The Significance of Information: First Data Project and Brief

So now we all knew what information design actually was, it was time for us to do some designing for ourselves.

The First Data Project

Firstly we were set a half hour project on ‘sense-making’ of data to warm up before being given our brief for the next week. In order to create the data which we would be using, the whole class was given the same seven questions to each answer anonymously:

  • If you had to be stuck in a lift with somebody, who would that be?
  • What is your favourite book/publication?
  • If you had to listen to one song on repeat, what would it be?
  • When you were a kid, what did you want to be when you grew up?
  • What is your guilty pleasure?
  • Who inspires you?
  • If you won the lottery, what is the first thing that you would buy?

Once everyone had answered the questions, we were split into seven smaller groups of three and given one question each. My group was given, “When you were a kid, what did you want to be when you grew up?” We had to decide on a relative and suitable, but imaginative and creative way to display the data that we had in front of us. Some of the answers included professions such as “teacher”, “police officer”, “vet”, “cricket player”, “ballerina” and even some more unusual choices such as “Peter Pan”. We began by organising them into categories and broke them down into five: sport, academic, arts, public services, and unusual.

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And this is how we arranged it…

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We set the data within the scene of a child’s bedroom, with five main child-related items or toys located in different places around the room – each item represented each of the five categories that we split our data into. The toy stethoscope in the medical box represents ‘academic‘, the toy train represents ‘public services‘, the easel represents ‘arts‘, the cricket bat represents ‘sport‘ and finally, we have included Peter Pan himself to represent the more imaginative answers. We have used fingerprints around each representative items to display the tally of answers given within each category. For example, four finger prints on the easel show that four people wanted to have a profession within the arts sector when they were growing up. The illustration itself is in a messy style as it is supposed to look as if a child themself has drawn it, thus suiting the original question.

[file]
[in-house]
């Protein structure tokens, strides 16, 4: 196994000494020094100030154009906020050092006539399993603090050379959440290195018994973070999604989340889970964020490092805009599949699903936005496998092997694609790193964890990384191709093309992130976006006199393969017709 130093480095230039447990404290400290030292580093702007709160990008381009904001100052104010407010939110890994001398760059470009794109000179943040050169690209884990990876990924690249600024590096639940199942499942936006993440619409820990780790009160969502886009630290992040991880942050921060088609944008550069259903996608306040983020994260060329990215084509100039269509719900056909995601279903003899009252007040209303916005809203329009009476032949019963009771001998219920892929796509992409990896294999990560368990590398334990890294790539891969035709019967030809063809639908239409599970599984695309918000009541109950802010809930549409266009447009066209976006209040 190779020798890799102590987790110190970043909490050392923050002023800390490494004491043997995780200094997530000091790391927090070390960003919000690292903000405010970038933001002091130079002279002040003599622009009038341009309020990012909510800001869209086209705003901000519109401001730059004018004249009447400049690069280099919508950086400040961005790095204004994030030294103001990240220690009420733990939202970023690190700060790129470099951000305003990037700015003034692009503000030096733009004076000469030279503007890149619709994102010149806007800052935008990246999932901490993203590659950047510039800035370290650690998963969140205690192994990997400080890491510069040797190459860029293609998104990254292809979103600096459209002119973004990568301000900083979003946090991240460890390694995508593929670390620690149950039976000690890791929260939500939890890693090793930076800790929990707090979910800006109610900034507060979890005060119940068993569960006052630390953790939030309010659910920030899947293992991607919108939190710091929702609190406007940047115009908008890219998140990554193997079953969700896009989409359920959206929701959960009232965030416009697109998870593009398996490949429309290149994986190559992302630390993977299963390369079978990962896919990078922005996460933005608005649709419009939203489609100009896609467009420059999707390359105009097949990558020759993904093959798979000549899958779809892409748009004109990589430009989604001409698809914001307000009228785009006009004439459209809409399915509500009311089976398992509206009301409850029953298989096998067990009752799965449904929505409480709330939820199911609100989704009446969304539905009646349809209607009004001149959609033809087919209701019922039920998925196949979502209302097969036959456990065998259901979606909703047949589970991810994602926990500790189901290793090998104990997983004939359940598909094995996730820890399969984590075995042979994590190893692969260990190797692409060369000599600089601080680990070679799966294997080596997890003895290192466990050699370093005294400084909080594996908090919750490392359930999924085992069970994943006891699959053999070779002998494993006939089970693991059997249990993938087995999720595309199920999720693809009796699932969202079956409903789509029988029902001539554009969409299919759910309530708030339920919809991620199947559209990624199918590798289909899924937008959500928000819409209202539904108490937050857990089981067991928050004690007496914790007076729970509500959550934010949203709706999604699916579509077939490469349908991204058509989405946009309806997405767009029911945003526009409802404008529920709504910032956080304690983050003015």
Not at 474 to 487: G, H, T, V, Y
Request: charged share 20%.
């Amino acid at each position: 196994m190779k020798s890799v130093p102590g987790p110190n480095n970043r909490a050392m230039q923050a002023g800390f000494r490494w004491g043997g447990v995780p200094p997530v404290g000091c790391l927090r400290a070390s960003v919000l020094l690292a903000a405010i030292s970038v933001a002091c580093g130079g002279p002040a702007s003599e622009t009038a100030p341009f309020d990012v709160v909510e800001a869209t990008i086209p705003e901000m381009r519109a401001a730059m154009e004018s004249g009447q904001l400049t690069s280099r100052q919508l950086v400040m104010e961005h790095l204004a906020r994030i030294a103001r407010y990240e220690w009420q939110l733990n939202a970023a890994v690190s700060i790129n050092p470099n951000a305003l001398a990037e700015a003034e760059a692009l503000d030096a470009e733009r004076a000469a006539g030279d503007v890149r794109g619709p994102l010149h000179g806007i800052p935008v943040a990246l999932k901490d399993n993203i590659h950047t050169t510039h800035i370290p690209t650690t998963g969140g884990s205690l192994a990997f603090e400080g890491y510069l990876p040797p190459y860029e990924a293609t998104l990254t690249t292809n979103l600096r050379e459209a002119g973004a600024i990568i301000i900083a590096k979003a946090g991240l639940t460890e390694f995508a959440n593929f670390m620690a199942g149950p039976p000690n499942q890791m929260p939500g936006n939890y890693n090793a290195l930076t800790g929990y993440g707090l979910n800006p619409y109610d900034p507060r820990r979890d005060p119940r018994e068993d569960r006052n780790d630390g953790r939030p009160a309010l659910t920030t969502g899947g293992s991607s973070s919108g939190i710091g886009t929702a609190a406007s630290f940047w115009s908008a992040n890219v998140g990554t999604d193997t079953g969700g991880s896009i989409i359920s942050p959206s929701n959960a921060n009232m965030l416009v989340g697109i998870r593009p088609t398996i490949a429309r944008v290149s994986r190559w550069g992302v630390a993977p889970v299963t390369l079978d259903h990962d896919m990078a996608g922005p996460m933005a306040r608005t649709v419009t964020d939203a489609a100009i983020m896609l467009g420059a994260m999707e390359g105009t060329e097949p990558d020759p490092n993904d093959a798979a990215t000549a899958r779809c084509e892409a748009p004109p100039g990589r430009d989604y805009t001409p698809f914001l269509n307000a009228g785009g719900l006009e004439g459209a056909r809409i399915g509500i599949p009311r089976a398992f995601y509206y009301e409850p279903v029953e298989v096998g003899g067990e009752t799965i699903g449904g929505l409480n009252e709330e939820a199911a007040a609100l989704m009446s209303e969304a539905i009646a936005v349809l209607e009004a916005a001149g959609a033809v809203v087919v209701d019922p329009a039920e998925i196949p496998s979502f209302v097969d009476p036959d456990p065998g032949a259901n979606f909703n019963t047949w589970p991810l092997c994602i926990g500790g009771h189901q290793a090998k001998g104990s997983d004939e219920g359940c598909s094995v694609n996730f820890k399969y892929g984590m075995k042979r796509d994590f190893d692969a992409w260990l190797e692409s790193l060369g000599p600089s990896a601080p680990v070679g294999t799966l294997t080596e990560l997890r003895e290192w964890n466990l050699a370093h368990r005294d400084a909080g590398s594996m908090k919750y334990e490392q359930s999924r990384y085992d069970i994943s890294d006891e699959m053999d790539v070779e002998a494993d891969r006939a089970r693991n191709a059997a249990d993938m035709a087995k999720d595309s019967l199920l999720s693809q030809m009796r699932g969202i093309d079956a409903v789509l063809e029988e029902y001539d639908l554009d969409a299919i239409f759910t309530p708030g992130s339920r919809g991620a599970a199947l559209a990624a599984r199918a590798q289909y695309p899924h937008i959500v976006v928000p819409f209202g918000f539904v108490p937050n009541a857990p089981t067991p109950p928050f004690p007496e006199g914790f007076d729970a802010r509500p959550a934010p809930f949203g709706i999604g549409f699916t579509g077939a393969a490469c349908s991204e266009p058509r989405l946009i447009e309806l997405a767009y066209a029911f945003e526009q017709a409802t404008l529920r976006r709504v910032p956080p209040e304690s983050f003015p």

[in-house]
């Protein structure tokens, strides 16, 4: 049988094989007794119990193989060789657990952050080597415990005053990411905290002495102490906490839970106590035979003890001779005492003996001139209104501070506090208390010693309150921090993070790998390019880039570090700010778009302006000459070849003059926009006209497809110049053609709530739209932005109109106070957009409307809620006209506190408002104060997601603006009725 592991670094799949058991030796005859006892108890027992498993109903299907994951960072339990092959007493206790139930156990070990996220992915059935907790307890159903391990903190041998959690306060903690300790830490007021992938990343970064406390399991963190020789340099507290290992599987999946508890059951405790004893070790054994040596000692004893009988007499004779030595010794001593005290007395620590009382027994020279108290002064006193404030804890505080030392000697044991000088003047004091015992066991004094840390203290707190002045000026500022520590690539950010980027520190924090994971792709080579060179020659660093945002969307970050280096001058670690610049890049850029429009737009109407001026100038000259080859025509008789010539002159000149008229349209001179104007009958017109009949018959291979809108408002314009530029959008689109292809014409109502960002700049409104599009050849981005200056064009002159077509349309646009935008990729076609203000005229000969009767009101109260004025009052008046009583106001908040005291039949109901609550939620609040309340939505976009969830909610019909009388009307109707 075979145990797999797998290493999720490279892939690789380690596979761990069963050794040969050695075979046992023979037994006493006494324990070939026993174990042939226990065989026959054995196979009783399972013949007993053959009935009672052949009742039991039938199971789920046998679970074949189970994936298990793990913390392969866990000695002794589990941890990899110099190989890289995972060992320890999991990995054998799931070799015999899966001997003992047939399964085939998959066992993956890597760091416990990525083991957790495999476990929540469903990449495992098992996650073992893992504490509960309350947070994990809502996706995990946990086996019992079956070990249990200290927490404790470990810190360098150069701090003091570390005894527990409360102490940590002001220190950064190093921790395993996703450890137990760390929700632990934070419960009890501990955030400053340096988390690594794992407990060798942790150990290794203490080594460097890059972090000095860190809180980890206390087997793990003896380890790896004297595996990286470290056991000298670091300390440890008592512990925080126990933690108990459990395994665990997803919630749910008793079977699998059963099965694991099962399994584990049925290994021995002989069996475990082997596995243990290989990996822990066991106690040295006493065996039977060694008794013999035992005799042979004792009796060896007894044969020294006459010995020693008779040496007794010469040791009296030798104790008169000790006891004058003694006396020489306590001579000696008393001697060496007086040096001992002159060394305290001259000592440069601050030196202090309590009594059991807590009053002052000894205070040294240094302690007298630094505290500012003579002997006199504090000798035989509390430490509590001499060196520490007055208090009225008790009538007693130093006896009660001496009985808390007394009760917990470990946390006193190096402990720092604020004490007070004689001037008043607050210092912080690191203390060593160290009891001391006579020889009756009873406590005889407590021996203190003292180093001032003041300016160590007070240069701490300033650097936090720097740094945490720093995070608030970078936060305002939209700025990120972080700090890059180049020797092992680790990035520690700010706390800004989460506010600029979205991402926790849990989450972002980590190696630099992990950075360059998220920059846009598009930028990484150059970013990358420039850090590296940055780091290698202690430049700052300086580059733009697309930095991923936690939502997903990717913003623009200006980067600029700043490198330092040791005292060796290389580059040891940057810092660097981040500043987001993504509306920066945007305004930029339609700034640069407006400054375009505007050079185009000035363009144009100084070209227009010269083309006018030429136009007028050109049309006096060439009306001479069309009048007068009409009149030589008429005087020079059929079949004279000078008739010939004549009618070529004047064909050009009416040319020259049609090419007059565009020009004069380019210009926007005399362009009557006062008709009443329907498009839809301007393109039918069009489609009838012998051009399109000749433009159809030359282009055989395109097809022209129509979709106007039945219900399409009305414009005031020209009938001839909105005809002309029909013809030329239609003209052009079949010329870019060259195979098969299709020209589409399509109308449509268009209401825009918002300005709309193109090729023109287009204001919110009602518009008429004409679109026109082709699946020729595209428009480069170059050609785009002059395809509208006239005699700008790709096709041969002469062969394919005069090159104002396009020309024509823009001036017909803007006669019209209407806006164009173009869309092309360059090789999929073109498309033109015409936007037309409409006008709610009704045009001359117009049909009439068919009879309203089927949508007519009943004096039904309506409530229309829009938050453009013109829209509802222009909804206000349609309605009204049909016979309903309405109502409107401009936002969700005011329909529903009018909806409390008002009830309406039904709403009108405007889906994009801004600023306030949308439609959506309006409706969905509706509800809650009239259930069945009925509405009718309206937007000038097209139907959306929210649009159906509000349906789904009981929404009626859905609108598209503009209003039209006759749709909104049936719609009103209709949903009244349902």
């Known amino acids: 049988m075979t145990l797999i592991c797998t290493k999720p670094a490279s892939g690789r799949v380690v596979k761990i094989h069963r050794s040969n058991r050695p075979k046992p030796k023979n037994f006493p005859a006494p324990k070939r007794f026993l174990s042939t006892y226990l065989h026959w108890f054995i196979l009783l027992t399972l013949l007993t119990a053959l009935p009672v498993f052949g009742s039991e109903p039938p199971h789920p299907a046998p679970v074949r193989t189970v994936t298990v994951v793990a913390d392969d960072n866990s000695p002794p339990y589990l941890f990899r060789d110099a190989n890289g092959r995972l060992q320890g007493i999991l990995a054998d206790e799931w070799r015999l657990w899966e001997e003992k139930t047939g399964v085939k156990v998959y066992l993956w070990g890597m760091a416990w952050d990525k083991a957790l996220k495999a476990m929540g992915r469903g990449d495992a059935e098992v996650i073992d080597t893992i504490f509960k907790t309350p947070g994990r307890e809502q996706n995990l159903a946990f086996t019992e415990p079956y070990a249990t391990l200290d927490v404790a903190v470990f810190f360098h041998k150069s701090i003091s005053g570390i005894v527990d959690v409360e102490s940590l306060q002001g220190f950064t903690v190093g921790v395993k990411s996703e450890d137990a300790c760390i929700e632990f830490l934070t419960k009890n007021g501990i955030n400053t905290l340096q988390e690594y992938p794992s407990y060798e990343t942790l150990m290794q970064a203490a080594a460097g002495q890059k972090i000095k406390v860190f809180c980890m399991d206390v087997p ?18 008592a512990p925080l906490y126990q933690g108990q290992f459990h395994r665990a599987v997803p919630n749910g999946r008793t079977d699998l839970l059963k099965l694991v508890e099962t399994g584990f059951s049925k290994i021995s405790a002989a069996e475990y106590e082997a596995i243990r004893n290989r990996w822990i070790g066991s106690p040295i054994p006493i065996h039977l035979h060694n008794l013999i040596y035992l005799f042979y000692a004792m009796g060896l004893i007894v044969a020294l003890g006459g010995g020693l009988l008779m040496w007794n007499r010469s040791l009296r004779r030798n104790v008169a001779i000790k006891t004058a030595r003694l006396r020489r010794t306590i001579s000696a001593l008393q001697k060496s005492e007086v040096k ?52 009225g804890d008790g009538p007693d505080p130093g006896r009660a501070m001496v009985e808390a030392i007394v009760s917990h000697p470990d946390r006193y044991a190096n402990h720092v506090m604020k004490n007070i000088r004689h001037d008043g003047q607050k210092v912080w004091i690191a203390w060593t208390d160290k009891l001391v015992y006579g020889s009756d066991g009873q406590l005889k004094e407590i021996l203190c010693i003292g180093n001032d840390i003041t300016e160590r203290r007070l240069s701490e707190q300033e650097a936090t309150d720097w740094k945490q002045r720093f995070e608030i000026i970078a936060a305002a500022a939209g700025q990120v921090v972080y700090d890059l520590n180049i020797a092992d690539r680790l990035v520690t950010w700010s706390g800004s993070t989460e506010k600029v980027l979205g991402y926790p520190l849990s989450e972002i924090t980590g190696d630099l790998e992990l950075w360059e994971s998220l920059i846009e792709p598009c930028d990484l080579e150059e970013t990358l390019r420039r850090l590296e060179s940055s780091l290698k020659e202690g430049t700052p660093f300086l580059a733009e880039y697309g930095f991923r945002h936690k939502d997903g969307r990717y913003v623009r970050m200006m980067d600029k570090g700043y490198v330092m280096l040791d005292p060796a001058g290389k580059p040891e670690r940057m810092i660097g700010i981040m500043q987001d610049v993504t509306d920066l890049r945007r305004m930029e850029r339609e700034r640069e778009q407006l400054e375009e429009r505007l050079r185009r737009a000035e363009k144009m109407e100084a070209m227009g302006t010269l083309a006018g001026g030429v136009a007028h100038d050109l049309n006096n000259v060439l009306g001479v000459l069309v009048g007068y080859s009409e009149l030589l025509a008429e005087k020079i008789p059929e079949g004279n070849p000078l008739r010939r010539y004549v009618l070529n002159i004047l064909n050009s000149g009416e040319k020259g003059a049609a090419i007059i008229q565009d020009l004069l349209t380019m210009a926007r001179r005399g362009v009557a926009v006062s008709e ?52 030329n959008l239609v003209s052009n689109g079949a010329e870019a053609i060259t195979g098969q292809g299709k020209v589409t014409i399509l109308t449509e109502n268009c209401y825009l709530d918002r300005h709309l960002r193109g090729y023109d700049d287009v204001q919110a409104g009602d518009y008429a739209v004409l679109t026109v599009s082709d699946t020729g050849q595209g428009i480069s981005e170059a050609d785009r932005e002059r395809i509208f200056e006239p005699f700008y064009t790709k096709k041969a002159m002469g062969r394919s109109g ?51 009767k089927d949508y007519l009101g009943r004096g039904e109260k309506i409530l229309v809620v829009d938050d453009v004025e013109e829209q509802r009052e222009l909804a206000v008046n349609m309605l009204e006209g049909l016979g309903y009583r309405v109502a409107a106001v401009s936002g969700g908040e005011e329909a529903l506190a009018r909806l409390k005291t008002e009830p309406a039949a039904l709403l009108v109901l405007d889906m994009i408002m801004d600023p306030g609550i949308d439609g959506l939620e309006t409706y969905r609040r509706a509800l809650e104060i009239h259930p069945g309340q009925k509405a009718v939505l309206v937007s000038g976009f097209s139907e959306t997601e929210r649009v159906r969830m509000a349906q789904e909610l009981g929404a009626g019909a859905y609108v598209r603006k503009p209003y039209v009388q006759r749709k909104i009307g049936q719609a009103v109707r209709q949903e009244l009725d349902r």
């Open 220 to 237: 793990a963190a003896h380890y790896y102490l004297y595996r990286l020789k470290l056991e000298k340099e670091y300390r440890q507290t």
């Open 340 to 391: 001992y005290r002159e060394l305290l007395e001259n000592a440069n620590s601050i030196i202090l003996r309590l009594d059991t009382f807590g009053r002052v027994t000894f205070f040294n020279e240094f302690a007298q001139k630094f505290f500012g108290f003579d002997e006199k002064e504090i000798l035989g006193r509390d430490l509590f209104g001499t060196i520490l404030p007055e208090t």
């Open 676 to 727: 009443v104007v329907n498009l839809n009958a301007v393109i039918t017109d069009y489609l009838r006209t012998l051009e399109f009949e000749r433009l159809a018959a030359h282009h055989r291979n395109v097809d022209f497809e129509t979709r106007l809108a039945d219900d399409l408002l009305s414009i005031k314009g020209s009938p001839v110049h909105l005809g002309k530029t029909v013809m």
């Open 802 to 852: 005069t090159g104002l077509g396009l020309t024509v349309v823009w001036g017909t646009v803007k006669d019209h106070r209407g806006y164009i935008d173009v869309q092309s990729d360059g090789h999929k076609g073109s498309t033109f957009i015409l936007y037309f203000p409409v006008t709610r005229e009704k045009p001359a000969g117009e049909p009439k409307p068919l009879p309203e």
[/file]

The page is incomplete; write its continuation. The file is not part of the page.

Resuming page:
As we only had half an hour to sort our data and then both come up with an idea and construct our design, the final outcome is obviously not as good as it could have been if we had longer. However, I feel that by doing this short workshop, it will be of help to both myself and my group when it comes to fulfilling our next brief, as we now know how the process works and how we do it.


The Brief – Beautiful Systems Project

In the afternoon after the mini-project, David gave us our brief to work on for the next week of field on. In our same small groups of three from earlier in the day and asked to create a series of three outcomes that share a system or convention, and will revolve around a moment in time.

Initially, our group came up with the idea of focusing on brands. We wanted to focus specifically on: shoes, coats and facial/head wear. Within each of these sections we would look for the style, the brand and the colour. However, on speaking to David before going and carrying out our research, he pointed out that it was a huge amount of information to collect within the time we had been given of only one hour. David suggested focusing on just one of our three specifics. In the end, we decided on shoes.

Our survey that we then carried out between 3pm and 4pm, involved asking students what course they were studying on and then making a note of this and then also the style of shoe that they were wearing. We made a tally chart with options of four different shoe styles: skate (Vans, Converse, etc.), sport (Nike/Adidas trainers, etc.), boots, heels. Before carrying out our survey we had a rough hypothesis that the art school students would be the more quirkily dressed, so we set out to either disprove or confirm this. We focused on three different schools within the campus: the Art School, the Business School and the Health Science School.

Within the time boundaries, we collected an overall tally of about 150 students: 50 from each school. I am looking forward to laying out the data more neatly and clearly so we can see whether there is a trend at all between the shoes they wear and the course they’re on.

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